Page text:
— Posts About Car Accident

NC Court of Appeals’ Latest Decisions on Workers’ Compensation and Personal Injuries

Last week, the North Carolina Court of Appeals published four opinions concerns concerning workers’ compensation and personal injury cases.  In Berardi v. Craven County Schools, the Court considered and described the Industrial Commission’s new process for expedited medical motions, which speed up resolution of medical treatment disputes in workers’ compensation cases.  At issue was whether the employer could appeal a decision of the Commission granting one such motion.  The Court held that it could not because the order was interlocutory, i.e. it did not resolve all issues, the usual prerequisite for appeals.

In Freeman v. Rothrock, the North Carolina Supreme Court had sent the case back to the Court of Appeals after reversing it and rejecting the judicial creation of a bar to recovery of worker’s compensation benefits when an employee made misrepresentations at the time of hiring about his physical condition.  On remand, the Court addressed the other appealed issues from the Commission, and affirmed the Commission’s conclusions that the plaintiff is entitled to ongoing total disability benefits and that the employer is not entitled to a credit based on previous clinchers (settlements) with the plaintiff.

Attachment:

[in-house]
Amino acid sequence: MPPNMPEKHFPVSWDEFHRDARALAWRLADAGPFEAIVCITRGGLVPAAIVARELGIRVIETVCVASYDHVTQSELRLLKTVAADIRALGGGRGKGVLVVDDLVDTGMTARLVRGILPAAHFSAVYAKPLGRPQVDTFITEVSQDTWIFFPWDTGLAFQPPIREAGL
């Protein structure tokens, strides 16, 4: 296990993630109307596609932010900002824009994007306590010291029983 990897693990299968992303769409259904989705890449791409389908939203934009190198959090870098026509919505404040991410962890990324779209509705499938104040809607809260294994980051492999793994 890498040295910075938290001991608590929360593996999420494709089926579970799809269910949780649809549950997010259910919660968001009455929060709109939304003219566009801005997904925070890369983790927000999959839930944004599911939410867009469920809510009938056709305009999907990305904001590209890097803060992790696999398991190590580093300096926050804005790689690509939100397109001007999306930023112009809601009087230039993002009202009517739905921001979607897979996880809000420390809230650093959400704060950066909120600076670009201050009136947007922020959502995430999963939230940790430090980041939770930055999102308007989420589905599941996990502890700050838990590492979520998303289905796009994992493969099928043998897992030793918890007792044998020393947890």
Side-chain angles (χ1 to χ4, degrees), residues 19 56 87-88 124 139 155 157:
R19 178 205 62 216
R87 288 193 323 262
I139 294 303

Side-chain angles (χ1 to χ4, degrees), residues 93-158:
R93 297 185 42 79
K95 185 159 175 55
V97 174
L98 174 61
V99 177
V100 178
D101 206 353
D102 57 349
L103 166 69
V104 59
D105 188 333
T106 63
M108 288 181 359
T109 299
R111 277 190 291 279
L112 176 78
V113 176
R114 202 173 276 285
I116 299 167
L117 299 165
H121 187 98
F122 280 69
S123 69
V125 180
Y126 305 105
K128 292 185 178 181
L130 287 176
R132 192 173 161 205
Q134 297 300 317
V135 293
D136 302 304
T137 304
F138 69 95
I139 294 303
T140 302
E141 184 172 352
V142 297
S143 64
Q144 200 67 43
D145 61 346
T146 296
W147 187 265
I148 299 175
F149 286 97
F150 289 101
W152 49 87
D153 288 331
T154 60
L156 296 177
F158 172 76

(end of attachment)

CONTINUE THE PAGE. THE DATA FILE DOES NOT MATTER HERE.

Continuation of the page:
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This Week’s Personal Injury Case from the NC Court of Appeals

The court issued an unpublished opinion about a pedestrian-vehicle auto accident in Hill v. Thompson this week.  In the case, the 15-year-old plaintiff crossed a highway near her home, not at a crosswalk, and was struck by defendants’ vehicle.  Defendants argued that plaintiff could not recover at all because she was contributorily negligent (partially at fault) for crossing the street without paying attention.  The court agreed that the plaintiff was contributorily negligent, under the rule that “If the road is straight, visibility unobstructed, the weather clear. . . a plaintiff’s failure to see and avoid defendant’s vehicle will consistently be deemed contributory negligence as a matter of law.”

The court disagreed, however, that defendants were entitled to summary judgment because of the last clear chance doctrine.  Under the doctrine, even if the plainitff’s negligence puts her in a dangerous position, the defendant can still be liable if he has a clear chance to and unreasonably fails to avoid colliding with the plaitniff.  Here, the driver saw the plaintiff near the road as he started down the hill, but didn’t start applying his brakes until the plaintiff was in the highway.  The court concluded that a jury should therefore decide if the last clear chance doctrine applied.

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